AAS Annual Meeting

China and Inner Asia Session 549

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Session 549: Navigators of Global Trade in the Canton Era (ca. 1700-1840)

Organizer: Paul A. Van Dyke, University of Macau, Macau

Chair: James R. Fichter, Lingnan University, Hong Kong

Discussant: James R. Fichter, Lingnan University, Hong Kong

In the era of the Canton trade (ca 1700-1840) merchants, transporters, mariners, and entertainers in South China each mediated between politics, economies, cultures, religions, and languages. Chinese merchants in Canton during the Qing Dynasty were at the forefront of the interactions and conflicts between these various elements -- compromising when they must, driving a hard bargain when they could, and blending in when asked. Those who played the game well learned how to keep some traders at a distance, while embracing others, and to respect the limitations of politics and commerce. Without Chinese transporters and their lighters called “chop boats”, commerce and trade would not have moved so smoothly and efficiently. These transporters developed a boat well adapted to the unique conditions of the China coast allowing merchandise to be transferred from Chinese merchants to the ships of their international trading partners. Similarly, Chinese mariners on transoceanic ships created global networks of empire and established cross-cultural and hybrid practices. Canton flower boats represent a different dimension of interaction, linking these elements of trade with the inland suppliers of goods. These linkages and trans-cultural interactions created the complex of Canton era global connections.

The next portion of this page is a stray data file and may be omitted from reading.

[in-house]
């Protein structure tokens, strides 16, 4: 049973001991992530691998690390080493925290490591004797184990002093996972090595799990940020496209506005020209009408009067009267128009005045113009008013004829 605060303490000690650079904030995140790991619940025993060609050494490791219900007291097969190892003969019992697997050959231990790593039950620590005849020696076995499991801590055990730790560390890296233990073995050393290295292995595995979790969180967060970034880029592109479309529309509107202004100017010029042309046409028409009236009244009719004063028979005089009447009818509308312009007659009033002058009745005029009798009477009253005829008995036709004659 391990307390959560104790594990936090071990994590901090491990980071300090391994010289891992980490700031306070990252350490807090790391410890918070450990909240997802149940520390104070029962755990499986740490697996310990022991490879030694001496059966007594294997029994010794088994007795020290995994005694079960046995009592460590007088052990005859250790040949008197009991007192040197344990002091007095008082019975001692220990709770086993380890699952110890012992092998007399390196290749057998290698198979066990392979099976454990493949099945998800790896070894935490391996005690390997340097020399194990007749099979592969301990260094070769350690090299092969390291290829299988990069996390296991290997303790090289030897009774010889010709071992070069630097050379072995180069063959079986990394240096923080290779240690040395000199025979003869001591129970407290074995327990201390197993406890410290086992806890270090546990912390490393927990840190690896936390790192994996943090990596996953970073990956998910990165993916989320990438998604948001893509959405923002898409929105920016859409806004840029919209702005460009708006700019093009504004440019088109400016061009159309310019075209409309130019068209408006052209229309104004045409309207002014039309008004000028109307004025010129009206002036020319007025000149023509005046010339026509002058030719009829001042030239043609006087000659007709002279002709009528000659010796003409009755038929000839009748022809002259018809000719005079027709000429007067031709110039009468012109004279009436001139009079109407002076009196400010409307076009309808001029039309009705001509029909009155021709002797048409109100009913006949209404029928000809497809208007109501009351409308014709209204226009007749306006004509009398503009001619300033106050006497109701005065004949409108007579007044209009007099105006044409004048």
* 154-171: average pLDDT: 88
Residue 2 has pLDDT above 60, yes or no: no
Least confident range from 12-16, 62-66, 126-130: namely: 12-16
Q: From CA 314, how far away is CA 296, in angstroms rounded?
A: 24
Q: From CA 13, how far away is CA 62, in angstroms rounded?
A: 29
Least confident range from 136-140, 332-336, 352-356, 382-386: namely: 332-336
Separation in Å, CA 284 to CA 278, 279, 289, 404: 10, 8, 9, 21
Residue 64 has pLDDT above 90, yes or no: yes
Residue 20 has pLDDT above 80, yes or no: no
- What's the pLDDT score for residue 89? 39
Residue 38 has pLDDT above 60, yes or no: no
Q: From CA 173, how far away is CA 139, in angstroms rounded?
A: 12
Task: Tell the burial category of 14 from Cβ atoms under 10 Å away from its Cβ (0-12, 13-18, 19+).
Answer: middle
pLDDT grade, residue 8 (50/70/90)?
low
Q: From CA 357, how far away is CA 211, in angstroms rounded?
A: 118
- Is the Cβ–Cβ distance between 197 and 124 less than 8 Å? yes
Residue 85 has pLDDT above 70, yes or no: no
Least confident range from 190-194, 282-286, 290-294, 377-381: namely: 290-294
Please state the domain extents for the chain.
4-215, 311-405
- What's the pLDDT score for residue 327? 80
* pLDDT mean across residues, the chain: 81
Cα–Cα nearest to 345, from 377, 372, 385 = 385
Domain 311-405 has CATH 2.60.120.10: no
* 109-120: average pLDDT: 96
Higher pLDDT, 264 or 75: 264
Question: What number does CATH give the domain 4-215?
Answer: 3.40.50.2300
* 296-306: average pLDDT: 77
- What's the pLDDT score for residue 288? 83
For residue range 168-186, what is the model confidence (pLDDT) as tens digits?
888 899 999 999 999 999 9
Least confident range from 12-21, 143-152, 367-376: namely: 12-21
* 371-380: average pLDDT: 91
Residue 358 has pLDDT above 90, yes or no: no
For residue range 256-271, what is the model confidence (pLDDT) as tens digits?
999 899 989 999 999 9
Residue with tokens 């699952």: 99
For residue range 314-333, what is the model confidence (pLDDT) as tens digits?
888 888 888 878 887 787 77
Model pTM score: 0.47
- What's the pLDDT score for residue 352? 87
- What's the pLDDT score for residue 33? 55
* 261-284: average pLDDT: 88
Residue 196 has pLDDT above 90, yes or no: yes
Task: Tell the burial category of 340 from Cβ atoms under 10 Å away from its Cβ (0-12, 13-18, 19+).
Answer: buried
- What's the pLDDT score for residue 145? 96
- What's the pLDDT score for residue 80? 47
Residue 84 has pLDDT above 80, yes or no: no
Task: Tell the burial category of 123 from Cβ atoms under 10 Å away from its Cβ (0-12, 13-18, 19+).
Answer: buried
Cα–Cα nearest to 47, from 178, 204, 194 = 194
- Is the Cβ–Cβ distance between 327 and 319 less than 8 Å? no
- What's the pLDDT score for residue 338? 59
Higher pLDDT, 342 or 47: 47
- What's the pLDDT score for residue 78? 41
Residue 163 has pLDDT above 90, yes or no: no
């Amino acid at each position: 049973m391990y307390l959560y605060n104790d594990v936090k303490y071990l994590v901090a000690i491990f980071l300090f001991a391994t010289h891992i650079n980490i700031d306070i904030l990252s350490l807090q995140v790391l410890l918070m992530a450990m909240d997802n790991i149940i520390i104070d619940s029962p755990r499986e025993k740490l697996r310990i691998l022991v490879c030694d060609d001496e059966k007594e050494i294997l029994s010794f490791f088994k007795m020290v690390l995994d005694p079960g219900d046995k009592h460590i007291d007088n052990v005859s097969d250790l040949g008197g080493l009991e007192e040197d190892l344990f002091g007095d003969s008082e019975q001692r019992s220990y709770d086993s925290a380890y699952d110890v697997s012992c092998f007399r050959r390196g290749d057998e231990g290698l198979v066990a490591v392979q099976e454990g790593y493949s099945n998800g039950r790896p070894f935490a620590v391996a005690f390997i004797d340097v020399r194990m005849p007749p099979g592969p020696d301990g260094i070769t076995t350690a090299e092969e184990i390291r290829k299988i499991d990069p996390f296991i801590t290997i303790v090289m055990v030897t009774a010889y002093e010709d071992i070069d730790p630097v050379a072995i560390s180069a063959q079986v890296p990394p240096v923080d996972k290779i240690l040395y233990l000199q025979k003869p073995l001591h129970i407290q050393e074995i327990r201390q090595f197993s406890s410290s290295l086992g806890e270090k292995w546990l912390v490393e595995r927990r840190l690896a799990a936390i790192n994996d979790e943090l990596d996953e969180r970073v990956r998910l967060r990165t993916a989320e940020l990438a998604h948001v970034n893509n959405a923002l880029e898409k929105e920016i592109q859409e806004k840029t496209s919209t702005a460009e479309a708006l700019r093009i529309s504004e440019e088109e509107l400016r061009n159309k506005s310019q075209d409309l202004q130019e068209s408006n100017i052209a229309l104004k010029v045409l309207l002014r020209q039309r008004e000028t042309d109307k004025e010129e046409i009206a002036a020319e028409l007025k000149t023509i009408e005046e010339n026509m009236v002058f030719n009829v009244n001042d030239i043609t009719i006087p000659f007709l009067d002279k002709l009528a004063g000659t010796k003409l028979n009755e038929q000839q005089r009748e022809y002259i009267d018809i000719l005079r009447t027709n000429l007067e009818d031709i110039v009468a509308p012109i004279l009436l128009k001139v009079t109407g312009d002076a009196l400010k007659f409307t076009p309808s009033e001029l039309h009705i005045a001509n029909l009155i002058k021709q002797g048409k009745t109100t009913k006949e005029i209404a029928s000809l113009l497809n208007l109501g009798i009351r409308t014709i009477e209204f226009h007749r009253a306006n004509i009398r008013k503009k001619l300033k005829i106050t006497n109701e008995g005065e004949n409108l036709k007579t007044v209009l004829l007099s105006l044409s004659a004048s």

Global Positioning: Houqua and his China Trade partners in the Nineteenth Century
John D. Wong, University of Hong Kong, Hong Kong

Records of the commercial vitality and global interactions of early-nineteenth-century Canton faded only because we have allowed our image to be clouded by China’s later weaknesses. I will explore this story of the China trade that helped shape the modern world through the lens of a single prominent merchant, Wu Bingjian, known to foreigners by his trading name Houqua. To date, much has been written to explain the failure of the many Hong merchants but few have explored how Houqua succeeded when most failed. Houqua’s success stemmed largely from his ability to maintain an intricate balance between his commercial interests and those of his Western counterparts, all in an era of transnationalism before the imposition of the Western world order. To counteract Britain’s rising trading power and the decline of continental European merchant houses, Houqua nurtured a partnership with American merchants in order to structure an alternative channel for his commercial exchange with the West. By reviving this story of economic vibrancy through the account of Houqua’s business maneuvers, this project will restore the historical contingency at the juncture at which global commercial equilibrium unraveled with the collapse of the Canton system. A study of Houqua’s ascendency explains the process by which local players manoeuvred to exploit opportunities generated by different imperial agendas during this earlier age of global interface, while an understanding of his family’s fall from prominence in international commerce provides a new perspective on the economic divergence of China relative to the financial powers of the West.

Navigating Trade: Canton Chop Boats bringing China to the World
Susan E. Schopp, University of Macau, USA